Pharmacists in Nevada are now able to improve diabetes screening with the governor's signing of S 72 into law. The law gives registered pharmacists throughout the state a role in detecting diabetes.
The faculty and students at the University of Southern Nevada College of Pharmacy, who actively supported the bill to further improve health care in the state, applauded Gov Jim Gibbons' actions. "We are very pleased with the action by our state legislators and the governor for recognizing the importance of enhancing diabetes detection in Nevada," said Renee Coffman, BSPharm, PhD, dean of the school. "Not only will screenings by pharmacists help identify undiagnosed patients so they can seek care from their physician, but it will allow pharmacists to fully assist newly diagnosed patients on how to properly use their glucose monitors, which is fundamental in controlling the disease."
She also noted that the earlier an individual is diagnosed and treated, the more likely they are to avoid serious diabetes-related complications, such as high blood pressure, heart disease and stroke, diabetic nerve disease, and vascular complications that can often lead to amputation.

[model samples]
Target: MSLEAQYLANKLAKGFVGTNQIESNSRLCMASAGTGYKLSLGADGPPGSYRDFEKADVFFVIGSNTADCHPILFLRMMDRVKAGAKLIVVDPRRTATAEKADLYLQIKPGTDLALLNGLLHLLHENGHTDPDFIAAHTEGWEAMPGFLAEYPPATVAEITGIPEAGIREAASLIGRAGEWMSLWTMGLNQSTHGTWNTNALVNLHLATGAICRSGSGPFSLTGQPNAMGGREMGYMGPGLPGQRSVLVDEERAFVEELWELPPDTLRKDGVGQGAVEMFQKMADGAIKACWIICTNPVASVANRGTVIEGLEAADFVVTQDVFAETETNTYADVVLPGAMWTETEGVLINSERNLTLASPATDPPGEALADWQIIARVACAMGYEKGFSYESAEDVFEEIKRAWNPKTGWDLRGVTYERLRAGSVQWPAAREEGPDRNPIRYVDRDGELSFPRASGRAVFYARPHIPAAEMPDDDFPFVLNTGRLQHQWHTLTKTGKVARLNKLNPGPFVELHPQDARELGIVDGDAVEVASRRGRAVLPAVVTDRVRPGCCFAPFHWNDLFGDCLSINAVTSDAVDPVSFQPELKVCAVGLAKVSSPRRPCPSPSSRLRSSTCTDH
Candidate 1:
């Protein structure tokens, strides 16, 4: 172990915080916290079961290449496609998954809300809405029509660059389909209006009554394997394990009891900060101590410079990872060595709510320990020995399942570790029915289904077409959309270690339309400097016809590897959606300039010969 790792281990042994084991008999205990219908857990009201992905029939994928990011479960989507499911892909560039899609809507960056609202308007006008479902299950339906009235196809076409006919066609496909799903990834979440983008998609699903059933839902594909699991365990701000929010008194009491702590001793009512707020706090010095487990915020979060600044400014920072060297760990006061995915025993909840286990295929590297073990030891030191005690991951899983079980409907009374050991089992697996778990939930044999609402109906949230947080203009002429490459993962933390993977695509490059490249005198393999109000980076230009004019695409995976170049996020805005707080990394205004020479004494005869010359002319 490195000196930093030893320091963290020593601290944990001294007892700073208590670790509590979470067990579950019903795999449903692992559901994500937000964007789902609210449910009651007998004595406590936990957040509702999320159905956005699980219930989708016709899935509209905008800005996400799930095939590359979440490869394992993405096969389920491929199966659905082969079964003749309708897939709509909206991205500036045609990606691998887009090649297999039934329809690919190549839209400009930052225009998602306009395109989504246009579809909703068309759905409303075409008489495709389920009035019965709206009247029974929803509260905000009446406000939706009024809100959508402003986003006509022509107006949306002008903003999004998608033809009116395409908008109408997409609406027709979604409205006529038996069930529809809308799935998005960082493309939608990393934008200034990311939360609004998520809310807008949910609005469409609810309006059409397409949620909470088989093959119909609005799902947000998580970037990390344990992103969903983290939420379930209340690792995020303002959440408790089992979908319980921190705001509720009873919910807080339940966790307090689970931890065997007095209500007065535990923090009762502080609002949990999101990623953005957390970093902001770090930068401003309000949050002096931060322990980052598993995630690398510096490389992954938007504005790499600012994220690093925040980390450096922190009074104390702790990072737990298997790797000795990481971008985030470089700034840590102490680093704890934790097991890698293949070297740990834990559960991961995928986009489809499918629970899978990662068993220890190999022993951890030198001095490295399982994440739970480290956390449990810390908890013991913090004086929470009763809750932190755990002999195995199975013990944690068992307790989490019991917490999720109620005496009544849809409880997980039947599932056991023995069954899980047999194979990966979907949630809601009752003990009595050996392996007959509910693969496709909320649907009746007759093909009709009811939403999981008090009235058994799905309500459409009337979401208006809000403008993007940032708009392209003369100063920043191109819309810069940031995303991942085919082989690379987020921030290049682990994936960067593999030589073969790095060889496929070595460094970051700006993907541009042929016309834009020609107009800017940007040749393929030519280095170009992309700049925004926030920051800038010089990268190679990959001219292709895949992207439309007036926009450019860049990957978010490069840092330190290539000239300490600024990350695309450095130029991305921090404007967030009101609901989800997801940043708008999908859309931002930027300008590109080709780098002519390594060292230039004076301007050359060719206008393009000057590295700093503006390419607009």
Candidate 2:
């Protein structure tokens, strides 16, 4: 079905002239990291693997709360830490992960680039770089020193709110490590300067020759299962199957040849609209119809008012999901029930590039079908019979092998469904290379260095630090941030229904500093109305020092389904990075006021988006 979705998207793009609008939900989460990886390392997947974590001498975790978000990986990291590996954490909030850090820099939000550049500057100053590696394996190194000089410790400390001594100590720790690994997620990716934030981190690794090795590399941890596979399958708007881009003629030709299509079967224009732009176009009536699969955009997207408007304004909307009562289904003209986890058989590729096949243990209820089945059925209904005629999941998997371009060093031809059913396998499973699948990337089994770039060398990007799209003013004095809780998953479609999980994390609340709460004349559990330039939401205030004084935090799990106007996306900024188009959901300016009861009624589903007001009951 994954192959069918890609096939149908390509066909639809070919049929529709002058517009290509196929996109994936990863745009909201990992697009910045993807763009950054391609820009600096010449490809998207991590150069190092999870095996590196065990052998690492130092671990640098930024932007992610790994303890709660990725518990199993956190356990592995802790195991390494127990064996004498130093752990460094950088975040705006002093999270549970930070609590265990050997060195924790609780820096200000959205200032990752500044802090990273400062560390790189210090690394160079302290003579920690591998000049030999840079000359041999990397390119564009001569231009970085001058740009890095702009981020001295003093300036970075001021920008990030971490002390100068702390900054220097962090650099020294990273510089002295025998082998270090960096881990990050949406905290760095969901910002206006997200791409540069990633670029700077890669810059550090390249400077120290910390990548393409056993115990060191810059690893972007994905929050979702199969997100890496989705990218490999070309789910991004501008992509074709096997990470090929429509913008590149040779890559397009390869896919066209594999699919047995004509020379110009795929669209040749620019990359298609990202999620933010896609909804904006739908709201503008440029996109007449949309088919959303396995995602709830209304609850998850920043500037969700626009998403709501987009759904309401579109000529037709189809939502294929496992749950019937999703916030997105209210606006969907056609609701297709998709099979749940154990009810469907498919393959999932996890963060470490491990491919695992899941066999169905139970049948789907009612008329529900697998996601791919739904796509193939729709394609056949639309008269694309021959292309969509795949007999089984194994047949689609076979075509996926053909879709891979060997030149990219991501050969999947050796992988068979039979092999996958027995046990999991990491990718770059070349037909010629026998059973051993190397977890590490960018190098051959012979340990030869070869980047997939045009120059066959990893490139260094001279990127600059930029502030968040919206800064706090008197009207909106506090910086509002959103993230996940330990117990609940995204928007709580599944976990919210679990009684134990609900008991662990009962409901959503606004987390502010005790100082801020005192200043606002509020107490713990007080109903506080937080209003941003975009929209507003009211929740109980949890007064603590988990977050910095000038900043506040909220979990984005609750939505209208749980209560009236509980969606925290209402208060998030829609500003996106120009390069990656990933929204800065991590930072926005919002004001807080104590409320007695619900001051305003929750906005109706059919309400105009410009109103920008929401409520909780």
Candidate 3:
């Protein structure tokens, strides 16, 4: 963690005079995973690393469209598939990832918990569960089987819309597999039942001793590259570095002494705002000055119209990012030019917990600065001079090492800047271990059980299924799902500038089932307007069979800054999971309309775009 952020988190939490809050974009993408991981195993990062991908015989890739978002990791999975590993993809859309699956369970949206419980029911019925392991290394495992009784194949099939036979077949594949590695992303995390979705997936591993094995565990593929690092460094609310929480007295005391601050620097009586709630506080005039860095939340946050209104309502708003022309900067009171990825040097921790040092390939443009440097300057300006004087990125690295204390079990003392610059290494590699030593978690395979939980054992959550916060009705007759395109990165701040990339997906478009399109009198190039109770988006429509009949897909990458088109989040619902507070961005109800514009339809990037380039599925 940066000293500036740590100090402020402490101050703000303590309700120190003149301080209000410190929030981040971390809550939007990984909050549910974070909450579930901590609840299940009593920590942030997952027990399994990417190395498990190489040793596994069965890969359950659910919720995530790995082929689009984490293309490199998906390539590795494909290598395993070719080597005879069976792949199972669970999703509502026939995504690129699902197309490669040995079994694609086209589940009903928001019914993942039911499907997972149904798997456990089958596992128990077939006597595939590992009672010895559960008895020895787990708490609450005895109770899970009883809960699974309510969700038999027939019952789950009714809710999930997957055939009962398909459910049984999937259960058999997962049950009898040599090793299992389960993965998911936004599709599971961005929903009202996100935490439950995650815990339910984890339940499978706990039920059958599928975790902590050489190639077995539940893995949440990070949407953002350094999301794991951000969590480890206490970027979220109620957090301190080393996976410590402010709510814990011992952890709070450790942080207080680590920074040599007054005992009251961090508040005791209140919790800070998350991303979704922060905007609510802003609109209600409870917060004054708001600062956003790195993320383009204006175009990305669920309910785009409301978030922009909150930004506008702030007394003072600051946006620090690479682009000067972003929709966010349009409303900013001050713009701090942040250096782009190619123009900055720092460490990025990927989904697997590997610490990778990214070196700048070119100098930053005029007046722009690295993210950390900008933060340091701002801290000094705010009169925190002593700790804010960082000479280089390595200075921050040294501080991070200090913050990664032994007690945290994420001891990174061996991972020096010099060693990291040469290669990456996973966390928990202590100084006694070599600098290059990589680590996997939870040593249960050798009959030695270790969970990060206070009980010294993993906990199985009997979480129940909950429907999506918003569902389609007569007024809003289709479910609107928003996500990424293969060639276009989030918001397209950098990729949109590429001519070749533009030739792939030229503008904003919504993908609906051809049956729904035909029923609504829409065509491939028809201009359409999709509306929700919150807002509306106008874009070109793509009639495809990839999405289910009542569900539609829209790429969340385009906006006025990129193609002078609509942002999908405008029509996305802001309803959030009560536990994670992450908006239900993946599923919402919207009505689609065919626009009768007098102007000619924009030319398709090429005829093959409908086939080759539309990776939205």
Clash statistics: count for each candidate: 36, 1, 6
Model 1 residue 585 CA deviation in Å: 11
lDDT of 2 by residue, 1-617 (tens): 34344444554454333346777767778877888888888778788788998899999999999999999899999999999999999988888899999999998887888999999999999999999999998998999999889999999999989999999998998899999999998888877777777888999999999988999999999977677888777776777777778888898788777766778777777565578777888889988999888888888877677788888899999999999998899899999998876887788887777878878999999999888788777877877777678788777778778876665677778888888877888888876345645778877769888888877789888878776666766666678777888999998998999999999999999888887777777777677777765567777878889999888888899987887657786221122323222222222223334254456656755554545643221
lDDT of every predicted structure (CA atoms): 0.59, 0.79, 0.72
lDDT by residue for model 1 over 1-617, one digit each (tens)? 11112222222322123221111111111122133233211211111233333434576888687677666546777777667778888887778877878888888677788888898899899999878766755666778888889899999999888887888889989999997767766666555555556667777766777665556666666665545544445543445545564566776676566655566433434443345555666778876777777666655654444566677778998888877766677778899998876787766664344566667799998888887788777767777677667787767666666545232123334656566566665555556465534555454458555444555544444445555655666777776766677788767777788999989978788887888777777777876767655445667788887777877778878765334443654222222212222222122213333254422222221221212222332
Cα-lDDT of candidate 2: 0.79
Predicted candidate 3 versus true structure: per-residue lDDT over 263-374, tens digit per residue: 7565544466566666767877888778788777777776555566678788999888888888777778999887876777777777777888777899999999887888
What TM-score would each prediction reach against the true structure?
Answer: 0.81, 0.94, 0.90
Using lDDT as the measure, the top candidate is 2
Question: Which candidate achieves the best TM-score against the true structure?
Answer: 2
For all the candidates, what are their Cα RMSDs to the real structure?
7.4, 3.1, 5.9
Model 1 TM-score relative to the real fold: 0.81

Nevada is above the national average, with 8.2% of the population having diabetes. This accounts for >215,000 Nevadans that are diagnosed, according to Chris Moore from the Adult Diabetes Education and Management Support Group.
Under the new law, pharmacists conducting blood glucose screenings could become a valuable resource in gathering test data to provide a more accurate account of individuals with diabetes in the state. Nevada had been 1 of 3 states that did not give trained pharmacists the ability to conduct blood glucose tests in pharmacies to screen the public for diabetes.
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